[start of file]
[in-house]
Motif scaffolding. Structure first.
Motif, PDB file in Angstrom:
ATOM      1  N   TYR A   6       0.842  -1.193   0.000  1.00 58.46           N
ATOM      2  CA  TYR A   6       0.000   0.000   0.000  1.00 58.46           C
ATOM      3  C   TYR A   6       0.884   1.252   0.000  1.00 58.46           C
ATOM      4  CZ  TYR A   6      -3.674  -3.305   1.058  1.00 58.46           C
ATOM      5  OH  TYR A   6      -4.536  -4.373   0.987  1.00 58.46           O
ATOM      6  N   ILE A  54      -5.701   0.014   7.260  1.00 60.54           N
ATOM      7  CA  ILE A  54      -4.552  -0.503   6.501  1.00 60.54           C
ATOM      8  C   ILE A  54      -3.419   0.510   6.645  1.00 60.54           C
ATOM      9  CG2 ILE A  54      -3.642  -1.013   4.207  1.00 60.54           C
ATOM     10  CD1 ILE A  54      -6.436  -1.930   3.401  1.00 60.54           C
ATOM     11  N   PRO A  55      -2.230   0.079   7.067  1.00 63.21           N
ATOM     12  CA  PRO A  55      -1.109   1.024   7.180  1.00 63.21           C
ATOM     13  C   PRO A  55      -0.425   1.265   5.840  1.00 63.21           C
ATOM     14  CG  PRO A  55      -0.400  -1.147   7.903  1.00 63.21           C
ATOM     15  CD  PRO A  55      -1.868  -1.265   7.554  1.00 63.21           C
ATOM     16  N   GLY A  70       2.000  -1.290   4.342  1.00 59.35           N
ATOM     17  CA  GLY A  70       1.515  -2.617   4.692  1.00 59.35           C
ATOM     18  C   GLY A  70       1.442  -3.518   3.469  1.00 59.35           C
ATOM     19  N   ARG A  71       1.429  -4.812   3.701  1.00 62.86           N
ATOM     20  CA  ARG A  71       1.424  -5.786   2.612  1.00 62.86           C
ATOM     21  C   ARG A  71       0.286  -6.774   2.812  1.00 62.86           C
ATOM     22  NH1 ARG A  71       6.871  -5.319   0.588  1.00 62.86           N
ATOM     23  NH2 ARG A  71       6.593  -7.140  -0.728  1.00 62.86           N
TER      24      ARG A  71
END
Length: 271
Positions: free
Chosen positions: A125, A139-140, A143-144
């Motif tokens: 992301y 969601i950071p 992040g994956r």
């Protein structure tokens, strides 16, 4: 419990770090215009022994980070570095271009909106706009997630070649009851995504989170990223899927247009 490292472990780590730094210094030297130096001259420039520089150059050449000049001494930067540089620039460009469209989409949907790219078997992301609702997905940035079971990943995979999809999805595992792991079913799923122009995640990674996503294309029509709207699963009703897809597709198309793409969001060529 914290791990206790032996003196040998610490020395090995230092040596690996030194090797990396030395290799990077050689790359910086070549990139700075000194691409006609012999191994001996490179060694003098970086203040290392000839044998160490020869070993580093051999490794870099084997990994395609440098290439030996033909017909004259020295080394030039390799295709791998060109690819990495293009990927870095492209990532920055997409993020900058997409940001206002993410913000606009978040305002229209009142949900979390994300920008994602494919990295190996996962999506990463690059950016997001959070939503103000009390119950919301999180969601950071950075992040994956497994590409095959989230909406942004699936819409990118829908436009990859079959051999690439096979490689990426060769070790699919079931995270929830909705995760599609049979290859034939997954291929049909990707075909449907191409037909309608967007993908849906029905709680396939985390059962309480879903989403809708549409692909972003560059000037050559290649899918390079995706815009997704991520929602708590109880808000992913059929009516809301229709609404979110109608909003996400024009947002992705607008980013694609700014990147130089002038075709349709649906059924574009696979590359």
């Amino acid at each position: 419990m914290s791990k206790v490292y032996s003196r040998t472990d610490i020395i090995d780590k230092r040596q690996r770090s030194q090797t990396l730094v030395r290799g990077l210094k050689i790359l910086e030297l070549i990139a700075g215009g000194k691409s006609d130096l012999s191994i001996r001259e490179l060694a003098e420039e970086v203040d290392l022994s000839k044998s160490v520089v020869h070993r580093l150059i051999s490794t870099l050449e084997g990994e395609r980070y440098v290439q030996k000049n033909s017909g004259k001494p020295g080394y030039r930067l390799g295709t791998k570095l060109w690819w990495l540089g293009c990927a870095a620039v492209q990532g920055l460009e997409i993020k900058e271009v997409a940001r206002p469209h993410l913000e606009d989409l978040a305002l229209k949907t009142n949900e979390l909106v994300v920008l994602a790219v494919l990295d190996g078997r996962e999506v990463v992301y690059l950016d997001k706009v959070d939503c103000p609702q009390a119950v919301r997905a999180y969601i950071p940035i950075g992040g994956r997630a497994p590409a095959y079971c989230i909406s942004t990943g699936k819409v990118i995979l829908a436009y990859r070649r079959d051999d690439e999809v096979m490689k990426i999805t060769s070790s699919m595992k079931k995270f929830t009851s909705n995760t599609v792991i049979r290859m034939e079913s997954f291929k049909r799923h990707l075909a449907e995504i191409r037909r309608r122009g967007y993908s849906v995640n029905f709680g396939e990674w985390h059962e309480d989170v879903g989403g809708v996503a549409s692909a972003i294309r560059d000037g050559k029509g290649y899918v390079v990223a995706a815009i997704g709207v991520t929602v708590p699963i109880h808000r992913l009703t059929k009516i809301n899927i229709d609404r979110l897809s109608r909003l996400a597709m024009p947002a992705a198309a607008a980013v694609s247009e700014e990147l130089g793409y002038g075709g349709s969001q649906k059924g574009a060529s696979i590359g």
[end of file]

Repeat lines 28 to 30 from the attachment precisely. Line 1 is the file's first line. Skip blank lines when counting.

END
Length: 271
Positions: free